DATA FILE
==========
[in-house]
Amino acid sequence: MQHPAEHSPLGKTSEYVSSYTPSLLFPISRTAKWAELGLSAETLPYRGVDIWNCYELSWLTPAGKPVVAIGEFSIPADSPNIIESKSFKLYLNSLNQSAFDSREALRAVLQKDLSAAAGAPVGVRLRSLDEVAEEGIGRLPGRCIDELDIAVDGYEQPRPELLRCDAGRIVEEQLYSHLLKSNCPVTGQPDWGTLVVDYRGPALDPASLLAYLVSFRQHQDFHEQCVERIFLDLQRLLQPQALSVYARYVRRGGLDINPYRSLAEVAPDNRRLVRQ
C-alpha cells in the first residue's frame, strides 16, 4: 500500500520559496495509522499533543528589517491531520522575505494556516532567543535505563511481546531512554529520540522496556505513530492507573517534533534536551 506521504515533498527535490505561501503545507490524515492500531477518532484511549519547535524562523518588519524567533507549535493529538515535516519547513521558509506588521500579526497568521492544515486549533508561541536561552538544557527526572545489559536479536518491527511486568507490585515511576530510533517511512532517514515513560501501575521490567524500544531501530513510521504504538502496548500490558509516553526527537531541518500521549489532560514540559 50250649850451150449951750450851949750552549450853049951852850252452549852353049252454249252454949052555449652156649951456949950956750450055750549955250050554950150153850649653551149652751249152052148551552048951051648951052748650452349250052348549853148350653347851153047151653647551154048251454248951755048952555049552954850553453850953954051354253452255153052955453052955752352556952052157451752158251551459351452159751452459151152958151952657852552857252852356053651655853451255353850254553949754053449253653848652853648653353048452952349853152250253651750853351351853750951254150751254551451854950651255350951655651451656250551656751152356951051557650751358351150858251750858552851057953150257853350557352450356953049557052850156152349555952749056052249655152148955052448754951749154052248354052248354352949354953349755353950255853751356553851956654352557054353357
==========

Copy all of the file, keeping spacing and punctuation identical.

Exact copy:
[in-house]
Amino acid sequence: MQHPAEHSPLGKTSEYVSSYTPSLLFPISRTAKWAELGLSAETLPYRGVDIWNCYELSWLTPAGKPVVAIGEFSIPADSPNIIESKSFKLYLNSLNQSAFDSREALRAVLQKDLSAAAGAPVGVRLRSLDEVAEEGIGRLPGRCIDELDIAVDGYEQPRPELLRCDAGRIVEEQLYSHLLKSNCPVTGQPDWGTLVVDYRGPALDPASLLAYLVSFRQHQDFHEQCVERIFLDLQRLLQPQALSVYARYVRRGGLDINPYRSLAEVAPDNRRLVRQ
C-alpha cells in the first residue's frame, strides 16, 4: 500500500520559496495509522499533543528589517491531520522575505494556516532567543535505563511481546531512554529520540522496556505513530492507573517534533534536551 506521504515533498527535490505561501503545507490524515492500531477518532484511549519547535524562523518588519524567533507549535493529538515535516519547513521558509506588521500579526497568521492544515486549533508561541536561552538544557527526572545489559536479536518491527511486568507490585515511576530510533517511512532517514515513560501501575521490567524500544531501530513510521504504538502496548500490558509516553526527537531541518500521549489532560514540559 50250649850451150449951750450851949750552549450853049951852850252452549852353049252454249252454949052555449652156649951456949950956750450055750549955250050554950150153850649653551149652751249152052148551552048951051648951052748650452349250052348549853148350653347851153047151653647551154048251454248951755048952555049552954850553453850953954051354253452255153052955453052955752352556952052157451752158251551459351452159751452459151152958151952657852552857252852356053651655853451255353850254553949754053449253653848652853648653353048452952349853152250253651750853351351853750951254150751254551451854950651255350951655651451656250551656751152356951051557650751358351150858251750858552851057953150257853350557352450356953049557052850156152349555952749056052249655152148955052448754951749154052248354052248354352949354953349755353950255853751356553851956654352557054353357